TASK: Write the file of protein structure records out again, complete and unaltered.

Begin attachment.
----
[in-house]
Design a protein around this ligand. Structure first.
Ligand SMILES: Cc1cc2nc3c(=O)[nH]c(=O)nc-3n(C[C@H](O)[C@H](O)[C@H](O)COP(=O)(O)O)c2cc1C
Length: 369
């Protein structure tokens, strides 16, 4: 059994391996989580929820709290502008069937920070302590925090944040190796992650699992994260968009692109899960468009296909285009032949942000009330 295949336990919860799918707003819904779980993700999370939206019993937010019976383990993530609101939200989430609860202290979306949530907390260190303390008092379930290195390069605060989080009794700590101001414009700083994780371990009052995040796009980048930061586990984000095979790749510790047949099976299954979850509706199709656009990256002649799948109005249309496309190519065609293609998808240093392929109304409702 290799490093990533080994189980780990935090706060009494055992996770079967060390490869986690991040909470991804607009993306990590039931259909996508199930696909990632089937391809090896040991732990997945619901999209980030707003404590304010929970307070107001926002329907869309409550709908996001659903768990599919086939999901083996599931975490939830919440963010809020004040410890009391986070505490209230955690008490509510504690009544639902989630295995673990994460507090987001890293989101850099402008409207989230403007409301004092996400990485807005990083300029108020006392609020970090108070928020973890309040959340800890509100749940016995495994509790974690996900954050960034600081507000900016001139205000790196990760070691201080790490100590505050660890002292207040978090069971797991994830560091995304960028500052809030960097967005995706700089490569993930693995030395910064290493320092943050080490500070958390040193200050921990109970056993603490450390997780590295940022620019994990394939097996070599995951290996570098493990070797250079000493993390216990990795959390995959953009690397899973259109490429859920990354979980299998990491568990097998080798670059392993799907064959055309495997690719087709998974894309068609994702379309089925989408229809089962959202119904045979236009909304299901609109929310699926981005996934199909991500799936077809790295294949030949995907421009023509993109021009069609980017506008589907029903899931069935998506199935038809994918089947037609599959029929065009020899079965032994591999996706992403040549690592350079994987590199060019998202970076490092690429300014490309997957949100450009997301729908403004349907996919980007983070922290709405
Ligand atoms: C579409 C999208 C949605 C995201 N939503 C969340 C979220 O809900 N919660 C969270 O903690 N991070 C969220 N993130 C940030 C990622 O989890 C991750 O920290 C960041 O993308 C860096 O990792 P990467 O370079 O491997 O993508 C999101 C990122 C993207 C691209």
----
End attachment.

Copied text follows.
[in-house]
Design a protein around this ligand. Structure first.
Ligand SMILES: Cc1cc2nc3c(=O)[nH]c(=O)nc-3n(C[C@H](O)[C@H](O)[C@H](O)COP(=O)(O)O)c2cc1C
Length: 369
């Protein structure tokens, strides 16, 4: 059994391996989580929820709290502008069937920070302590925090944040190796992650699992994260968009692109899960468009296909285009032949942000009330 295949336990919860799918707003819904779980993700999370939206019993937010019976383990993530609101939200989430609860202290979306949530907390260190303390008092379930290195390069605060989080009794700590101001414009700083994780371990009052995040796009980048930061586990984000095979790749510790047949099976299954979850509706199709656009990256002649799948109005249309496309190519065609293609998808240093392929109304409702 290799490093990533080994189980780990935090706060009494055992996770079967060390490869986690991040909470991804607009993306990590039931259909996508199930696909990632089937391809090896040991732990997945619901999209980030707003404590304010929970307070107001926002329907869309409550709908996001659903768990599919086939999901083996599931975490939830919440963010809020004040410890009391986070505490209230955690008490509510504690009544639902989630295995673990994460507090987001890293989101850099402008409207989230403007409301004092996400990485807005990083300029108020006392609020970090108070928020973890309040959340800890509100749940016995495994509790974690996900954050960034600081507000900016001139205000790196990760070691201080790490100590505050660890002292207040978090069971797991994830560091995304960028500052809030960097967005995706700089490569993930693995030395910064290493320092943050080490500070958390040193200050921990109970056993603490450390997780590295940022620019994990394939097996070599995951290996570098493990070797250079000493993390216990990795959390995959953009690397899973259109490429859920990354979980299998990491568990097998080798670059392993799907064959055309495997690719087709998974894309068609994702379309089925989408229809089962959202119904045979236009909304299901609109929310699926981005996934199909991500799936077809790295294949030949995907421009023509993109021009069609980017506008589907029903899931069935998506199935038809994918089947037609599959029929065009020899079965032994591999996706992403040549690592350079994987590199060019998202970076490092690429300014490309997957949100450009997301729908403004349907996919980007983070922290709405
Ligand atoms: C579409 C999208 C949605 C995201 N939503 C969340 C979220 O809900 N919660 C969270 O903690 N991070 C969220 N993130 C940030 C990622 O989890 C991750 O920290 C960041 O993308 C860096 O990792 P990467 O370079 O491997 O993508 C999101 C990122 C993207 C691209």